INTRO: On 12 October 2009, Ministers of participating INTERPOL and United Nations member countries gathered for a Ministerial Meeting during the INTERPOL General Assembly in Singapore to discuss the crucial role of the police in building sustainable peace and security and how to ensure that the growing demands for effective international policing in post-conflict environments will be met in years to come.
P1: At the conclusion of the Ministerial Meeting, the following Declaration was adopted:
P2: On the role of police in building sustainable peace and security and the challenges to effective international policing, we the participating Ministers:
P2A: Recognize the crucial function of the police in promoting sustainable peace and rebuilding post-conflict societies; and further recognize the soaring demands for police within United Nations peacekeeping operations.
P2B: Acknowledge that organized and serious crime, as well as corruption, pose considerable challenges in contemporary post-conflict environments where the rule of law is weak, dysfunctional or does not exist and state institutions are fragile; and further acknowledge that the threat posed by organized crime undermines not only national, but also regional and international security.
P2C: Recall that United Nations policing mandates have increasingly evolved from a traditional focus on monitoring, observing, and reporting, to a greater focus on building effective, responsible and durable host state policing capacity and institutions, and further recall that United Nations Police may be mandated to engage in interim policing and law enforcement or to provide close operational support to host state police and other law enforcement agencies.
P2D: Recognize that international policing in post-conflict environments can serve as a bridge from security and stability operations to development and the establishment of the rule of law; and further emphasize the importance of early host state ownership in order to ensure lasting peace and security.
P2E: While commending the work of existing training centers and academies to prepare police for deployment, acknowledge that, in addition to needing sufficient numbers of officers, there is an urgent need for officers having the necessary specialized skill sets and expertise required to effectively carry out policing tasks in the context of a United Nations peacekeeping operation in a conflict environment; and further acknowledge the ongoing efforts to develop international policing doctrine to provide a framework for selection, training and deployment standards.
P2F: While encouraging increased international cooperation and coordination in the delivery of training, commend the contribution of the police contributing countries (PCCs) in United Nations peacekeeping operations, and in particular, their efforts along with the United Nations Department of Peacekeeping Operations to address issues related to sexual and gender-based violence in post-conflict environments, and noting the significant contributions to date, highlight the continuing need for increased participation of female officers in United Nations peacekeeping operations.
P3: On the partnership between the United Nations Department of Peacekeeping Operations and INTERPOL in building sustainable security, we the participating Ministers
P3A: Acknowledge that effective responses to organized and serious crime in conflict environments require a comprehensive and multi-stakeholder approach developed in consultation with regional and international institutions, which is based on a thorough analysis of the problem at hand and on a common institutional platform and which is supported by concrete technical tools.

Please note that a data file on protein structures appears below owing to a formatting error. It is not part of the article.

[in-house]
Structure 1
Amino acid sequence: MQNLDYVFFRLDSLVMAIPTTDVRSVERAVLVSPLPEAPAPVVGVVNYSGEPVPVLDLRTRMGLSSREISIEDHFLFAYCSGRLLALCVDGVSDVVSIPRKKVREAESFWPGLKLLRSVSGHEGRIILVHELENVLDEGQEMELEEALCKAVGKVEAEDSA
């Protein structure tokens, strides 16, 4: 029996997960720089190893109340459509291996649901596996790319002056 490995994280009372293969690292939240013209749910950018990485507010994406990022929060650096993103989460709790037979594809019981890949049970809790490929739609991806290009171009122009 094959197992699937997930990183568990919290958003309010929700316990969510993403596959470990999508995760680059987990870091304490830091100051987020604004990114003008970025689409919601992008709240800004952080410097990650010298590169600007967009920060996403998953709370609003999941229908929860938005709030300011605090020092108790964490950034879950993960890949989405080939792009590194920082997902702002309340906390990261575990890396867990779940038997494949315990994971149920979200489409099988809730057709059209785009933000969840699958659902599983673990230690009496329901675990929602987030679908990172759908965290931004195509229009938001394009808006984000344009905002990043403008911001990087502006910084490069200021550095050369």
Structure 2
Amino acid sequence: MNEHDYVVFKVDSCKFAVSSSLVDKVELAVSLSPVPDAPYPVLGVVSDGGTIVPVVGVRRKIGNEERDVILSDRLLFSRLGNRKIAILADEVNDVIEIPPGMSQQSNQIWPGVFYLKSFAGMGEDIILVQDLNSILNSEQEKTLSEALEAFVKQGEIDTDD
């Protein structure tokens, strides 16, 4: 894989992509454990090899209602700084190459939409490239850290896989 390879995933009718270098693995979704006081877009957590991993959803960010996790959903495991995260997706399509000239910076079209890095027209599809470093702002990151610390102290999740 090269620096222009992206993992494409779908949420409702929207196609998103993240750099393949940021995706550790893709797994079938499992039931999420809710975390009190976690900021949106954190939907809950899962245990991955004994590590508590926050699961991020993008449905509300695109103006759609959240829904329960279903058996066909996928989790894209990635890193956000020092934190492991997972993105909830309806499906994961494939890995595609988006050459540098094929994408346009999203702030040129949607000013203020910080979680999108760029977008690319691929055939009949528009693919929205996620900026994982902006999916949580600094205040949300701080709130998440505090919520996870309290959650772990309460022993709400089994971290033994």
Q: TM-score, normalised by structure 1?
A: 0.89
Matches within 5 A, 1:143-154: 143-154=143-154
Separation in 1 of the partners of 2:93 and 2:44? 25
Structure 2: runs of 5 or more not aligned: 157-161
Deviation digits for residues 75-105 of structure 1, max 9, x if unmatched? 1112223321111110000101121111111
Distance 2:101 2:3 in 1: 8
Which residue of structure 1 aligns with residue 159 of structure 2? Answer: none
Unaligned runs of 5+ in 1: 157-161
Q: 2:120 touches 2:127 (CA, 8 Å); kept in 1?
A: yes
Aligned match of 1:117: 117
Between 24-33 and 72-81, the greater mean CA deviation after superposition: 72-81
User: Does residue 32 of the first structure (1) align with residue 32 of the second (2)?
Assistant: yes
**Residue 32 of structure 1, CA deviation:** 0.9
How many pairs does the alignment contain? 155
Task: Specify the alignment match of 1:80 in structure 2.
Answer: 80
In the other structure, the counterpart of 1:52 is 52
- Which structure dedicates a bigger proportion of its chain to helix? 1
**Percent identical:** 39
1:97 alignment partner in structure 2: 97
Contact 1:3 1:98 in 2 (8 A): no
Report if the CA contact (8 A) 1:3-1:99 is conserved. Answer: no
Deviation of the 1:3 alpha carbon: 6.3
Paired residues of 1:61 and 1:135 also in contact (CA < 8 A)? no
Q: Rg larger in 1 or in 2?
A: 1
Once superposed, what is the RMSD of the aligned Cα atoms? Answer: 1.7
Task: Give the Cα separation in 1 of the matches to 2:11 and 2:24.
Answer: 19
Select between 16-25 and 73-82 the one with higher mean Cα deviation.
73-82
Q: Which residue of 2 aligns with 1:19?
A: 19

P3B: Recognize that the tools, databases, services, and expertise as well as the vital links to the global police community available through INTERPOL and the mission specific technical expertise of United Nations Police would assist host state police to more effectively fight organized and serious crime, secure borders and re-establish the rule of law in countries hosting United Nations peacekeeping operations.
P3C: Recall the history of ongoing cooperation between INTERPOL and the United Nations and welcome the conclusion of the supplementary agreement concluded between INTERPOL and the United Nations Department of Peacekeeping Operations establishing a shared framework for cooperation and allowing for the elaboration of a common strategy to effectively assist host state authorities, police and other law enforcement agencies in combating organized and serious crime in the context of United Nations peacekeeping operations and thereby enabling United Nations Police and host state police to benefit from the tools, services, and technical expertise of INTERPOL.
P4: Given the vital role of police in building sustainable security in post-conflict environments and the importance of ensuring that police personnel are qualified and will have access to the tools required to meet the challenges they face in the field, including supporting the fight against organized and serious crime, we the participating Ministers decide to:
P4A: Underscore the need for every state to have effective police capacity in compliance with human rights principles and the rule of law.
P4B: Work towards developing consensus for an international policing doctrine in post-conflict environments which effectively prioritizes needs, as well as harmonizes and standardizes, inter alia, the knowledge and best practice built up by the United Nations and INTERPOL over the years.
P4C: Actively support the development of an international policing doctrine and its implementation, including the development of an Action Plan for International Police Peacekeeping, in close collaboration with states, the United Nations Department of Peacekeeping Operations, and INTERPOL, no later than twelve months following the adoption of this Declaration.